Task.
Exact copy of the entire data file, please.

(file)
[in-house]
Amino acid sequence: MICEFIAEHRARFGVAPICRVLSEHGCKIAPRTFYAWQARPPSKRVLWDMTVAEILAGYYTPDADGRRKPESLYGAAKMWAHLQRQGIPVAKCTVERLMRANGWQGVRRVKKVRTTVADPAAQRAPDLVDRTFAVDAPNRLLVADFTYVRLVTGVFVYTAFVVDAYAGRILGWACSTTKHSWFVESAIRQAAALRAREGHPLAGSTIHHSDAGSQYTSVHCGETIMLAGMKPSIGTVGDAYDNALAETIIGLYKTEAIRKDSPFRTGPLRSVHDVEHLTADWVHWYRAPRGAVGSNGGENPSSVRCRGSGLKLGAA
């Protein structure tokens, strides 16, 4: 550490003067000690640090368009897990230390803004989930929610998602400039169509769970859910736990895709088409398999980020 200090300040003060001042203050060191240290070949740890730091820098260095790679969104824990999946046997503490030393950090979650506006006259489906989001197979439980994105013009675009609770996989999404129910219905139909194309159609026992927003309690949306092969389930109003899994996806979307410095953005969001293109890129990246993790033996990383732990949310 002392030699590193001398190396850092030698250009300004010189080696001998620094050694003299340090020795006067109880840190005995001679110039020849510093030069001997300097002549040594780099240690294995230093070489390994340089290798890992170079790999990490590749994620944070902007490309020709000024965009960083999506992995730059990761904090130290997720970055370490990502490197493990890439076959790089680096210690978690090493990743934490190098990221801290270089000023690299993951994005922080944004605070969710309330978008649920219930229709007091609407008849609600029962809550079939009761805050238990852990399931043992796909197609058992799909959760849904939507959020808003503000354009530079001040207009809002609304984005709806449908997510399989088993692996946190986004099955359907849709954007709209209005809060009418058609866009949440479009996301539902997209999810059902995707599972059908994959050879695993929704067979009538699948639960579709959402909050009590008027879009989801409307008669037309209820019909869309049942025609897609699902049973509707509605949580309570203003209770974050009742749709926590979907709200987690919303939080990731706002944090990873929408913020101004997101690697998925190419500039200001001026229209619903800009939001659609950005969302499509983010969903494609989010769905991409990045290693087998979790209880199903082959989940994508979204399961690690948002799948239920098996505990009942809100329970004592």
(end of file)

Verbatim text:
[in-house]
Amino acid sequence: MICEFIAEHRARFGVAPICRVLSEHGCKIAPRTFYAWQARPPSKRVLWDMTVAEILAGYYTPDADGRRKPESLYGAAKMWAHLQRQGIPVAKCTVERLMRANGWQGVRRVKKVRTTVADPAAQRAPDLVDRTFAVDAPNRLLVADFTYVRLVTGVFVYTAFVVDAYAGRILGWACSTTKHSWFVESAIRQAAALRAREGHPLAGSTIHHSDAGSQYTSVHCGETIMLAGMKPSIGTVGDAYDNALAETIIGLYKTEAIRKDSPFRTGPLRSVHDVEHLTADWVHWYRAPRGAVGSNGGENPSSVRCRGSGLKLGAA
């Protein structure tokens, strides 16, 4: 550490003067000690640090368009897990230390803004989930929610998602400039169509769970859910736990895709088409398999980020 200090300040003060001042203050060191240290070949740890730091820098260095790679969104824990999946046997503490030393950090979650506006006259489906989001197979439980994105013009675009609770996989999404129910219905139909194309159609026992927003309690949306092969389930109003899994996806979307410095953005969001293109890129990246993790033996990383732990949310 002392030699590193001398190396850092030698250009300004010189080696001998620094050694003299340090020795006067109880840190005995001679110039020849510093030069001997300097002549040594780099240690294995230093070489390994340089290798890992170079790999990490590749994620944070902007490309020709000024965009960083999506992995730059990761904090130290997720970055370490990502490197493990890439076959790089680096210690978690090493990743934490190098990221801290270089000023690299993951994005922080944004605070969710309330978008649920219930229709007091609407008849609600029962809550079939009761805050238990852990399931043992796909197609058992799909959760849904939507959020808003503000354009530079001040207009809002609304984005709806449908997510399989088993692996946190986004099955359907849709954007709209209005809060009418058609866009949440479009996301539902997209999810059902995707599972059908994959050879695993929704067979009538699948639960579709959402909050009590008027879009989801409307008669037309209820019909869309049942025609897609699902049973509707509605949580309570203003209770974050009742749709926590979907709200987690919303939080990731706002944090990873929408913020101004997101690697998925190419500039200001001026229209619903800009939001659609950005969302499509983010969903494609989010769905991409990045290693087998979790209880199903082959989940994508979204399961690690948002799948239920098996505990009942809100329970004592």